"Deja Vu (Here I Go Again)"

Déjà vu, literally "already seen", is the phenomenon of having the strong sensation that an event or experience currently being experienced had been experienced in the past.
It all seems so familiar. The fatigue and lethargy, the aches and pains, the trails of tears and the sadness. It's almost like I have been here before.

Well, I have been here before - many times. Where is here? Here is depression - a sad, dark place. But this time is a little different. Hmm. Interesting twist on things.

“That is all I want in life: for this pain to seem purposeful.”
― Elizabeth Wurtzel, Prozac Nation  You know the old visual of the devil on one shoulder and the angel on the other shoulder? That's how I can best describe depression in my life. For the better part of 20 years, the devil has been there. Sometimes he rests in the background. Sometime he inches closer. And sometimes he grips me tight, lowering a heavy cloak of sadness over me.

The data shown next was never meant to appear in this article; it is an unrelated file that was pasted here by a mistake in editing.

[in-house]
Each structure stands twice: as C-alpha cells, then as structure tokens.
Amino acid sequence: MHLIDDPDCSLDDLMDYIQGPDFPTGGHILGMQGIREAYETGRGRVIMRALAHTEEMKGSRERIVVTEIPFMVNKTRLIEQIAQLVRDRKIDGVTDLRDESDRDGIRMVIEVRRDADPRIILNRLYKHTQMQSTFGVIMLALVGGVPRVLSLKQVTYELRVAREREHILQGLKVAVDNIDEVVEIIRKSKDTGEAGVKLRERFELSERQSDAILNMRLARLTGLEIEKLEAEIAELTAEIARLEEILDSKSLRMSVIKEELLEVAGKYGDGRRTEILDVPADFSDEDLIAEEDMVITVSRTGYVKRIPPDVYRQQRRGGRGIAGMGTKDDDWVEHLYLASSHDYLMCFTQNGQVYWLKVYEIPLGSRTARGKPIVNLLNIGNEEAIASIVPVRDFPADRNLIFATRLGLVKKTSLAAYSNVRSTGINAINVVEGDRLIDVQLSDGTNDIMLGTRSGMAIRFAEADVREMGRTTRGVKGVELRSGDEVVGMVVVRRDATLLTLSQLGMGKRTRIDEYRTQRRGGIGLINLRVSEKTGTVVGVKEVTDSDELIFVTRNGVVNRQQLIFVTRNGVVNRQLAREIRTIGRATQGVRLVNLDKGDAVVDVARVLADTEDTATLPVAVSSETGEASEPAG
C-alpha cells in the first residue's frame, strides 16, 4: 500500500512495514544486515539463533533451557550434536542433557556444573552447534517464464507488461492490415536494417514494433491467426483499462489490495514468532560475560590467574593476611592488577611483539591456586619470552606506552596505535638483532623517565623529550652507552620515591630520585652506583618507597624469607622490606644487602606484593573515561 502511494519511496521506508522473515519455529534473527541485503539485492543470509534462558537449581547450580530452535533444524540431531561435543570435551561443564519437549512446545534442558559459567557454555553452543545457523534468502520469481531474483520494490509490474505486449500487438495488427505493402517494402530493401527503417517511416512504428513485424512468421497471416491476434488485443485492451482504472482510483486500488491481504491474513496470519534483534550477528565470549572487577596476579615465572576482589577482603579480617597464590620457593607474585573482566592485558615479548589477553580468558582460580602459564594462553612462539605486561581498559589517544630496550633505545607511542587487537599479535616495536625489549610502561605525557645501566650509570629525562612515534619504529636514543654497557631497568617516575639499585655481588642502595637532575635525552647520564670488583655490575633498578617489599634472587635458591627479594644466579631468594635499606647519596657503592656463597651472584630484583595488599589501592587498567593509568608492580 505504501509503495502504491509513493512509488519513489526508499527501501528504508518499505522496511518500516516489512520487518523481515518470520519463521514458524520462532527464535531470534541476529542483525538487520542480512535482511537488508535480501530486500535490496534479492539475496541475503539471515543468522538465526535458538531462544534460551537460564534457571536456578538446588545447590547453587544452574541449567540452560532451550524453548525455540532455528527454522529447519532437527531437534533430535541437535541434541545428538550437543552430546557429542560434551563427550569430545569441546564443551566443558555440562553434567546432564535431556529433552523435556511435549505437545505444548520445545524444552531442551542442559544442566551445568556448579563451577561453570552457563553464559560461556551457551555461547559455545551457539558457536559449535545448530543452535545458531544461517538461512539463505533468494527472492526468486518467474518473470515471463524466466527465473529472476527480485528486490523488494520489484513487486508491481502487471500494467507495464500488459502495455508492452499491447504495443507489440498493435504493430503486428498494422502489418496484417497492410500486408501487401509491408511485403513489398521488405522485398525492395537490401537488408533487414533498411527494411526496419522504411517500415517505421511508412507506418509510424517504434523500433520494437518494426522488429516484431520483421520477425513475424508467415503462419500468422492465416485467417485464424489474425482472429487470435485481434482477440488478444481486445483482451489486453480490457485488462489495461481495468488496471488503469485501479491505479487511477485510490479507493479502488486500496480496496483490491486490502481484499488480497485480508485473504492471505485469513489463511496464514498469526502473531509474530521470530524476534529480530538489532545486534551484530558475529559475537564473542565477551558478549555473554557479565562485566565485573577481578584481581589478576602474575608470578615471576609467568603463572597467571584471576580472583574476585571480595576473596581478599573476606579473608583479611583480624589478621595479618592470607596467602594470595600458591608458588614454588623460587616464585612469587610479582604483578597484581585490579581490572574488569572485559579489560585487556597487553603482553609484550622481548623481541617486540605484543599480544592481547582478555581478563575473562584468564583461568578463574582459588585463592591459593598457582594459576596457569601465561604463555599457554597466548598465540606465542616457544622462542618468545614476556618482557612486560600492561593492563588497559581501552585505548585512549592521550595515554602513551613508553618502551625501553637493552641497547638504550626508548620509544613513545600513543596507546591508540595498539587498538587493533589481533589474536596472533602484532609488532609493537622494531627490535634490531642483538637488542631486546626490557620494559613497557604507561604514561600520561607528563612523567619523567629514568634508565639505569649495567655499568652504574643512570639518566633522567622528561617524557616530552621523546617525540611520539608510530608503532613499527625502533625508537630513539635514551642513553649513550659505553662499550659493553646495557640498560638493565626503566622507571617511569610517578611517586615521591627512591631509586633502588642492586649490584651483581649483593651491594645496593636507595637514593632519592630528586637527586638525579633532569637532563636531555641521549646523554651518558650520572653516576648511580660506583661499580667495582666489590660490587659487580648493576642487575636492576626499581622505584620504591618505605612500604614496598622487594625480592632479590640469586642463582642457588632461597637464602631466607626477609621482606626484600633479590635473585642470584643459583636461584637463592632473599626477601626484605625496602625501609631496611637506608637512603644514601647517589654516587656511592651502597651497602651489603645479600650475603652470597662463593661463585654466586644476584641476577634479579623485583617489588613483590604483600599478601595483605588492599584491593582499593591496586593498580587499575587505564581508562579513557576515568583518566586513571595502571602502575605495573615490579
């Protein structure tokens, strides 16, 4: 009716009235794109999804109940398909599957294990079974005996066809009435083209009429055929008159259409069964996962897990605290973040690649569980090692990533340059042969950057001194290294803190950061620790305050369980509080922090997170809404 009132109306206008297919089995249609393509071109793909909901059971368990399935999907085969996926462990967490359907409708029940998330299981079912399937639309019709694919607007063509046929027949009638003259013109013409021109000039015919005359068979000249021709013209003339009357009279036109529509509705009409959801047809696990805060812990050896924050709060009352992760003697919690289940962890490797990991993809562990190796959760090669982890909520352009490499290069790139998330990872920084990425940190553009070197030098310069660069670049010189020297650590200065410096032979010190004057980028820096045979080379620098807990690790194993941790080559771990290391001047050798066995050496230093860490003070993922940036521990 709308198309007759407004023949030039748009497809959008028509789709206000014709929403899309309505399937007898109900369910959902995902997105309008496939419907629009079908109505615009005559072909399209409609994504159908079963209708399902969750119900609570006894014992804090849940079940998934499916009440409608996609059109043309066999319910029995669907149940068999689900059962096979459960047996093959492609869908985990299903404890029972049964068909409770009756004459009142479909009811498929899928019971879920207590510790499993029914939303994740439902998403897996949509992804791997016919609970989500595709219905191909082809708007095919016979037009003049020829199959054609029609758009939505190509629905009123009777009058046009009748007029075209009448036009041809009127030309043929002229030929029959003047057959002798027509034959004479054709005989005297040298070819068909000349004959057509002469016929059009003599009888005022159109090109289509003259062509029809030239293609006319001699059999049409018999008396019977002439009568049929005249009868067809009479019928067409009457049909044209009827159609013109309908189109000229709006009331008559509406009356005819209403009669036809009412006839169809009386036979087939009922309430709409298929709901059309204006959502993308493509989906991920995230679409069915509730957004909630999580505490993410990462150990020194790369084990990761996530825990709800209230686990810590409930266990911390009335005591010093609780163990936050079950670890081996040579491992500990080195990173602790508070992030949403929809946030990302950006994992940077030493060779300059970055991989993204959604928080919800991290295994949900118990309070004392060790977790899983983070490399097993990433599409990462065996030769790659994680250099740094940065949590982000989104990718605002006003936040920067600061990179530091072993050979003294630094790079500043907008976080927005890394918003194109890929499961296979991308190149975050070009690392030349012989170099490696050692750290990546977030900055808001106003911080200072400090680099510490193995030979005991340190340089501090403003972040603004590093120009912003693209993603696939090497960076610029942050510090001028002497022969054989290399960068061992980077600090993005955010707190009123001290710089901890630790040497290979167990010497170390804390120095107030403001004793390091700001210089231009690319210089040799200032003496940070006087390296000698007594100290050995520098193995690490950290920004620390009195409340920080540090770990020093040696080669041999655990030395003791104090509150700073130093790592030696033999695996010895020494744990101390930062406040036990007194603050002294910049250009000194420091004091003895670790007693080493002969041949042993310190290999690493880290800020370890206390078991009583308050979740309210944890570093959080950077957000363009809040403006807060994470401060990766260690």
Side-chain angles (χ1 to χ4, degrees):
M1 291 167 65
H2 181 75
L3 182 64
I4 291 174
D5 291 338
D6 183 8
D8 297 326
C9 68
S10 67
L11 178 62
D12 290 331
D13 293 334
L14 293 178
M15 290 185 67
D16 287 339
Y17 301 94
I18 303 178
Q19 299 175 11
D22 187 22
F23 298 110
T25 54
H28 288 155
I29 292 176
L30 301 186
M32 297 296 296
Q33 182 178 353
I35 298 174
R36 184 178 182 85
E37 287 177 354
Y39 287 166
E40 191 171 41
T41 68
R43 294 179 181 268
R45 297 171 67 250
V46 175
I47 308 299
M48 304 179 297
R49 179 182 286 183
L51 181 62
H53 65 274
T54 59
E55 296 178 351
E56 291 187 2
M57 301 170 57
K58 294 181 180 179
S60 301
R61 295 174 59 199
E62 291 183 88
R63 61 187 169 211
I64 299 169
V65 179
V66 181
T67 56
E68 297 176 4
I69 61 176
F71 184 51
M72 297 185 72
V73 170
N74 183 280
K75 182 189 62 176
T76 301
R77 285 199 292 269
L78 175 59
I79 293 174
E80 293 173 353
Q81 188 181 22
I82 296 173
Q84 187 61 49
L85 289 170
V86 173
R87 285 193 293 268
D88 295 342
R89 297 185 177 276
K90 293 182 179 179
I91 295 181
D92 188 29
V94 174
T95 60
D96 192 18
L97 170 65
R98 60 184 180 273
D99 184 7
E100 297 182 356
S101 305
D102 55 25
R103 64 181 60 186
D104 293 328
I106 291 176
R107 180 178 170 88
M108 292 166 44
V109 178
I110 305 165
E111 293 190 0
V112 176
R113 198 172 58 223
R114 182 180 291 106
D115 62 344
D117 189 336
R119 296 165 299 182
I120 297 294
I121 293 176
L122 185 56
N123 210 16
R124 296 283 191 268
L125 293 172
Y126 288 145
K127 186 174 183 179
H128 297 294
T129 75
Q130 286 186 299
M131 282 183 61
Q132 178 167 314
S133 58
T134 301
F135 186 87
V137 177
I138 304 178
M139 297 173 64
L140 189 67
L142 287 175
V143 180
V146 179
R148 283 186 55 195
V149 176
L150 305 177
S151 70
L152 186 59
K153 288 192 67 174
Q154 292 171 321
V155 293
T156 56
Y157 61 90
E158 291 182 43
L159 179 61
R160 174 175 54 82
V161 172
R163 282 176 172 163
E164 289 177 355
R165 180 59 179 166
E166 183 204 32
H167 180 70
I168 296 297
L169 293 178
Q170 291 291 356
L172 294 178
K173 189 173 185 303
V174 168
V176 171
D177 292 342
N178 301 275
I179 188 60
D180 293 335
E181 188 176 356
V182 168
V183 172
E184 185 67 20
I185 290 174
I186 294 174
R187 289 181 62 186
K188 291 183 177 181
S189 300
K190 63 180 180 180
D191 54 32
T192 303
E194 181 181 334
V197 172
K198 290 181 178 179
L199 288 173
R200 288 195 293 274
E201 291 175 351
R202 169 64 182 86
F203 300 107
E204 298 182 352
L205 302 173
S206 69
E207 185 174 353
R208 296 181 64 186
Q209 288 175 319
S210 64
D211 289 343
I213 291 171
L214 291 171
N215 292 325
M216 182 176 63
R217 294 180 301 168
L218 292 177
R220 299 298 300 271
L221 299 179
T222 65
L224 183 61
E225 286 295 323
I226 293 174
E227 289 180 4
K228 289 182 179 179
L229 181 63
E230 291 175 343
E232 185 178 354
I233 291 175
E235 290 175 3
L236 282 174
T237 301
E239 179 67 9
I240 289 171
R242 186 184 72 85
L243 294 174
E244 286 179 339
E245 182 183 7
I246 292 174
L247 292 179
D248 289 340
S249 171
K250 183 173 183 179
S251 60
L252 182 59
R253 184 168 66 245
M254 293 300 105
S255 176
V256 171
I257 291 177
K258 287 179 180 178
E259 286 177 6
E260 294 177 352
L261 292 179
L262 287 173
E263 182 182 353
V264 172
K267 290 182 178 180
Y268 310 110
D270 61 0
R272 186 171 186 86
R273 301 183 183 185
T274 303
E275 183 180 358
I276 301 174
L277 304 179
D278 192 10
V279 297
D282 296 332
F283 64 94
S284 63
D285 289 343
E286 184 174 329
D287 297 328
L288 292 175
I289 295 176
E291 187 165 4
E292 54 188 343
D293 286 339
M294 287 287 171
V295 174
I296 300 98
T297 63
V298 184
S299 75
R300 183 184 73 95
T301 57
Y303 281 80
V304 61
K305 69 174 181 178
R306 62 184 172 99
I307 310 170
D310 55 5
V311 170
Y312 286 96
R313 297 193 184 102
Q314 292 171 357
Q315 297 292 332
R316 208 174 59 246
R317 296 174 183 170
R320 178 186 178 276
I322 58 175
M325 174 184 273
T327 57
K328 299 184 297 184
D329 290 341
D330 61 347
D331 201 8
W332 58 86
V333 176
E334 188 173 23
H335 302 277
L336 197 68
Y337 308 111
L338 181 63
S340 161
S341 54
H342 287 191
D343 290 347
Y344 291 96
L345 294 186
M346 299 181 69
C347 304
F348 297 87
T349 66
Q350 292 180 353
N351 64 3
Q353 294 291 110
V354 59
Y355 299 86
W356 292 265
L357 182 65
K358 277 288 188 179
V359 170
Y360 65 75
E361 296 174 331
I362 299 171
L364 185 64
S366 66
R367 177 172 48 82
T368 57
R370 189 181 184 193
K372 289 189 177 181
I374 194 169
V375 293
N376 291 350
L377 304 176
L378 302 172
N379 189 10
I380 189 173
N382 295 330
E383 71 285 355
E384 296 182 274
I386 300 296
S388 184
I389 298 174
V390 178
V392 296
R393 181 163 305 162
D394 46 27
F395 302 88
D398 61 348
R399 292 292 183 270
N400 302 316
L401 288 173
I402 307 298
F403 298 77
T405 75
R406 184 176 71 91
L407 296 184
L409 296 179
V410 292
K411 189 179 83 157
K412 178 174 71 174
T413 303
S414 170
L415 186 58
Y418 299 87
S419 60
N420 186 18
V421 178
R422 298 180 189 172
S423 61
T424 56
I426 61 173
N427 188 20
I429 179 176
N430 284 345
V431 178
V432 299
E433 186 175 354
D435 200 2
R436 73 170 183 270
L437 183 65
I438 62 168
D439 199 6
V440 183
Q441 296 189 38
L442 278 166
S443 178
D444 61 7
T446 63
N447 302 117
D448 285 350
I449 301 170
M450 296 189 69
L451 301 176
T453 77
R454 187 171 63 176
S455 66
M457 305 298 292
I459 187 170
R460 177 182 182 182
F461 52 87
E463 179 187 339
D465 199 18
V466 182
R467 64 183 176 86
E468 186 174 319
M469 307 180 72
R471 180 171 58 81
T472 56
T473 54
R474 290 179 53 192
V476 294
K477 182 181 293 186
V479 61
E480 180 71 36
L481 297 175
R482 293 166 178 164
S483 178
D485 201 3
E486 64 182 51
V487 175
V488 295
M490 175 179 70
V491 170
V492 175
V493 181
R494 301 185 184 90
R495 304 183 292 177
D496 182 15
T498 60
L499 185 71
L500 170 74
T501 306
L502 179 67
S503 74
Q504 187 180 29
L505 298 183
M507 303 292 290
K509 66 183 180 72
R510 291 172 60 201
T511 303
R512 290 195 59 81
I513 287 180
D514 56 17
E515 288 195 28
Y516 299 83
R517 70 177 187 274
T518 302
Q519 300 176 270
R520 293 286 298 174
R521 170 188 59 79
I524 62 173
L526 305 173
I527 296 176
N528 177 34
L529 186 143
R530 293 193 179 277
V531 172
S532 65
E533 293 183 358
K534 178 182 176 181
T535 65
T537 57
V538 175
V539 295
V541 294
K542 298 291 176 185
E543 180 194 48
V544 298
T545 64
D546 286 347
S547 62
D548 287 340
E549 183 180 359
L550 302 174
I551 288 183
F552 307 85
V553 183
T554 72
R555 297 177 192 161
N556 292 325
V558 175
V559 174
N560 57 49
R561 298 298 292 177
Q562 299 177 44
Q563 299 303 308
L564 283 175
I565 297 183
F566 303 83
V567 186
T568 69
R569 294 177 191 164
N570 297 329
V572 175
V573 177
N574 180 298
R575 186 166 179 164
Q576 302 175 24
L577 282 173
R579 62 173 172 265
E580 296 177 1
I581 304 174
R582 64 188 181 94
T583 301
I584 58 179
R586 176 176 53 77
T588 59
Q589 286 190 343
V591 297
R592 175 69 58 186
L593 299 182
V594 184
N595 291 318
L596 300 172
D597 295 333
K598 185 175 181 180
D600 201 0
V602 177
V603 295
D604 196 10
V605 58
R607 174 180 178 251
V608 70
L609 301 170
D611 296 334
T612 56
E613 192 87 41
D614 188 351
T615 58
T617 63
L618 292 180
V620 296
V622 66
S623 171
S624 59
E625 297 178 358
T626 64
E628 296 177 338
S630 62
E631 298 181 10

While I have been busy blogging …

"You're Fired!"

"You're fired!" ~ Donald Trump Week after week we can tune into The Apprentice and watch business and real estate tycoon Donald Trump fire his apprentices, one by one with dramatic flair. Entertaining? I'll let you be the judge of that. The reality is that it's much harder to get fired in the real world. It is, isn't it? Um, yes and no. Legally, the correct answer to that is yes. We have federal and provincial laws and a Human Rights Code to protect employee rights. The fact of the matter is that either many employers are ignorant of these or they choose to ignore them. Subsequently, many people lose their jobs without sufficient cause every day in Canada. So why am I talking about termination of employment and labour law? This is a blog about mental health, right? You bet - I am getting to that. A friend of mine, Melanie, was fired from her job two days ago. This friend of mine is also a mental health advocate who fights her own battles against mental illne…

"How Do You Know?"